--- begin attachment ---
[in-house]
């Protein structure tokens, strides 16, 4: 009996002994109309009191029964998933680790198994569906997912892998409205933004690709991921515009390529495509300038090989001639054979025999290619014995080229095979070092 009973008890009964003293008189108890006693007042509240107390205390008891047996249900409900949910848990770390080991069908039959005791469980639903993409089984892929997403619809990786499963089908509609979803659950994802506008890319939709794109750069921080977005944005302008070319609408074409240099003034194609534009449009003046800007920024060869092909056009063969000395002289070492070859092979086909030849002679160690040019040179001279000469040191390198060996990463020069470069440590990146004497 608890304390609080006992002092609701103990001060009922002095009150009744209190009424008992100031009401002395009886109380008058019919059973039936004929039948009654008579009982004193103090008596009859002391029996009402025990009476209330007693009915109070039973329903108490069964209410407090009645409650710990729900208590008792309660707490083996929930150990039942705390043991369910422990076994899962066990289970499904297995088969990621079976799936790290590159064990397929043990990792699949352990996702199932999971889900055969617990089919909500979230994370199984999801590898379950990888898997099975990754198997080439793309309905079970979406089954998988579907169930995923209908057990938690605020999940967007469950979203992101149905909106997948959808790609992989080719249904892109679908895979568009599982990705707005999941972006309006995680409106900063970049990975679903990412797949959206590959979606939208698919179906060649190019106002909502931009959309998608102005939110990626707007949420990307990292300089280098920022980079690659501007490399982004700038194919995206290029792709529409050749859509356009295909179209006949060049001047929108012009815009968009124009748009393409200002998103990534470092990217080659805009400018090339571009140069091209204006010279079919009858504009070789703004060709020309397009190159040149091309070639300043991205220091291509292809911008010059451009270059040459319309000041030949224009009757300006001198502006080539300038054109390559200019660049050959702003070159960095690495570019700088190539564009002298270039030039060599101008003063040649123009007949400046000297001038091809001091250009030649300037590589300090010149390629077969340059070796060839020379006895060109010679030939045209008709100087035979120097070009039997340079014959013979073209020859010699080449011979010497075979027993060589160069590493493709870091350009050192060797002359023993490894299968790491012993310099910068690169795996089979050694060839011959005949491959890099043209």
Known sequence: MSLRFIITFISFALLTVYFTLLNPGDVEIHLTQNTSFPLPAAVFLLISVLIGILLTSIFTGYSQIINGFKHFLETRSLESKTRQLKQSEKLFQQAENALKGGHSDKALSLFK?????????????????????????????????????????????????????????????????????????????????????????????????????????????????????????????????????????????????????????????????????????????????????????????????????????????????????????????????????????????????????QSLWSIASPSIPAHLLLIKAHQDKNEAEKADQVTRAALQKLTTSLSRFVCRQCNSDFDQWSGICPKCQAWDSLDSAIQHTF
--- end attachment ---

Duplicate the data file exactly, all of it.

[in-house]
């Protein structure tokens, strides 16, 4: 009996002994109309009191029964998933680790198994569906997912892998409205933004690709991921515009390529495509300038090989001639054979025999290619014995080229095979070092 009973008890009964003293008189108890006693007042509240107390205390008891047996249900409900949910848990770390080991069908039959005791469980639903993409089984892929997403619809990786499963089908509609979803659950994802506008890319939709794109750069921080977005944005302008070319609408074409240099003034194609534009449009003046800007920024060869092909056009063969000395002289070492070859092979086909030849002679160690040019040179001279000469040191390198060996990463020069470069440590990146004497 608890304390609080006992002092609701103990001060009922002095009150009744209190009424008992100031009401002395009886109380008058019919059973039936004929039948009654008579009982004193103090008596009859002391029996009402025990009476209330007693009915109070039973329903108490069964209410407090009645409650710990729900208590008792309660707490083996929930150990039942705390043991369910422990076994899962066990289970499904297995088969990621079976799936790290590159064990397929043990990792699949352990996702199932999971889900055969617990089919909500979230994370199984999801590898379950990888898997099975990754198997080439793309309905079970979406089954998988579907169930995923209908057990938690605020999940967007469950979203992101149905909106997948959808790609992989080719249904892109679908895979568009599982990705707005999941972006309006995680409106900063970049990975679903990412797949959206590959979606939208698919179906060649190019106002909502931009959309998608102005939110990626707007949420990307990292300089280098920022980079690659501007490399982004700038194919995206290029792709529409050749859509356009295909179209006949060049001047929108012009815009968009124009748009393409200002998103990534470092990217080659805009400018090339571009140069091209204006010279079919009858504009070789703004060709020309397009190159040149091309070639300043991205220091291509292809911008010059451009270059040459319309000041030949224009009757300006001198502006080539300038054109390559200019660049050959702003070159960095690495570019700088190539564009002298270039030039060599101008003063040649123009007949400046000297001038091809001091250009030649300037590589300090010149390629077969340059070796060839020379006895060109010679030939045209008709100087035979120097070009039997340079014959013979073209020859010699080449011979010497075979027993060589160069590493493709870091350009050192060797002359023993490894299968790491012993310099910068690169795996089979050694060839011959005949491959890099043209």
Known sequence: MSLRFIITFISFALLTVYFTLLNPGDVEIHLTQNTSFPLPAAVFLLISVLIGILLTSIFTGYSQIINGFKHFLETRSLESKTRQLKQSEKLFQQAENALKGGHSDKALSLFK?????????????????????????????????????????????????????????????????????????????????????????????????????????????????????????????????????????????????????????????????????????????????????????????????????????????????????????????????????????????????????QSLWSIASPSIPAHLLLIKAHQDKNEAEKADQVTRAALQKLTTSLSRFVCRQCNSDFDQWSGICPKCQAWDSLDSAIQHTF